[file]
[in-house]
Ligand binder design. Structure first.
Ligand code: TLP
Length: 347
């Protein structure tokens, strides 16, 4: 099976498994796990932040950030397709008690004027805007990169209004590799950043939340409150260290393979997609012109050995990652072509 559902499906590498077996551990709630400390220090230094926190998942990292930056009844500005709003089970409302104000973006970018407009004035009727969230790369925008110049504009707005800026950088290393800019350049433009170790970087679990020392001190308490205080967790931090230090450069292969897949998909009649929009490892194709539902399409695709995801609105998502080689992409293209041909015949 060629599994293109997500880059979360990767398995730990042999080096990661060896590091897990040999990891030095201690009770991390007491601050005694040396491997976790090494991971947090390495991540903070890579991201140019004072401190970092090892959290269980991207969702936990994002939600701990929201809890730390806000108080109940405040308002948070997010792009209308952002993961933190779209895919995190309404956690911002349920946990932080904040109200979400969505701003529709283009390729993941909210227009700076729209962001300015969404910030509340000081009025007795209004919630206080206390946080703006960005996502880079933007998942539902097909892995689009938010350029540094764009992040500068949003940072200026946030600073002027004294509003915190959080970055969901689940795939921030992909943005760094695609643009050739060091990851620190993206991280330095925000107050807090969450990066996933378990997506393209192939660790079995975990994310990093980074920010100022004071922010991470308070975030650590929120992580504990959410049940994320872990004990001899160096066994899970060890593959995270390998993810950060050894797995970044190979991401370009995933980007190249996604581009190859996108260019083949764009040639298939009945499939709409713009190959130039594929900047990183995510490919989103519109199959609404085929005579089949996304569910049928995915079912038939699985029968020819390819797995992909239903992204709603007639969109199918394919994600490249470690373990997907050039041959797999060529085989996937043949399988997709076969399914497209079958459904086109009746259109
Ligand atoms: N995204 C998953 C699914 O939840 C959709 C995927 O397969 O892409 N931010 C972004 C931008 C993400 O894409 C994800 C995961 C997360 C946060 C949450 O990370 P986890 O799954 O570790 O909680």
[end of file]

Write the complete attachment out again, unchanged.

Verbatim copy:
[in-house]
Ligand binder design. Structure first.
Ligand code: TLP
Length: 347
């Protein structure tokens, strides 16, 4: 099976498994796990932040950030397709008690004027805007990169209004590799950043939340409150260290393979997609012109050995990652072509 559902499906590498077996551990709630400390220090230094926190998942990292930056009844500005709003089970409302104000973006970018407009004035009727969230790369925008110049504009707005800026950088290393800019350049433009170790970087679990020392001190308490205080967790931090230090450069292969897949998909009649929009490892194709539902399409695709995801609105998502080689992409293209041909015949 060629599994293109997500880059979360990767398995730990042999080096990661060896590091897990040999990891030095201690009770991390007491601050005694040396491997976790090494991971947090390495991540903070890579991201140019004072401190970092090892959290269980991207969702936990994002939600701990929201809890730390806000108080109940405040308002948070997010792009209308952002993961933190779209895919995190309404956690911002349920946990932080904040109200979400969505701003529709283009390729993941909210227009700076729209962001300015969404910030509340000081009025007795209004919630206080206390946080703006960005996502880079933007998942539902097909892995689009938010350029540094764009992040500068949003940072200026946030600073002027004294509003915190959080970055969901689940795939921030992909943005760094695609643009050739060091990851620190993206991280330095925000107050807090969450990066996933378990997506393209192939660790079995975990994310990093980074920010100022004071922010991470308070975030650590929120992580504990959410049940994320872990004990001899160096066994899970060890593959995270390998993810950060050894797995970044190979991401370009995933980007190249996604581009190859996108260019083949764009040639298939009945499939709409713009190959130039594929900047990183995510490919989103519109199959609404085929005579089949996304569910049928995915079912038939699985029968020819390819797995992909239903992204709603007639969109199918394919994600490249470690373990997907050039041959797999060529085989996937043949399988997709076969399914497209079958459904086109009746259109
Ligand atoms: N995204 C998953 C699914 O939840 C959709 C995927 O397969 O892409 N931010 C972004 C931008 C993400 O894409 C994800 C995961 C997360 C946060 C949450 O990370 P986890 O799954 O570790 O909680």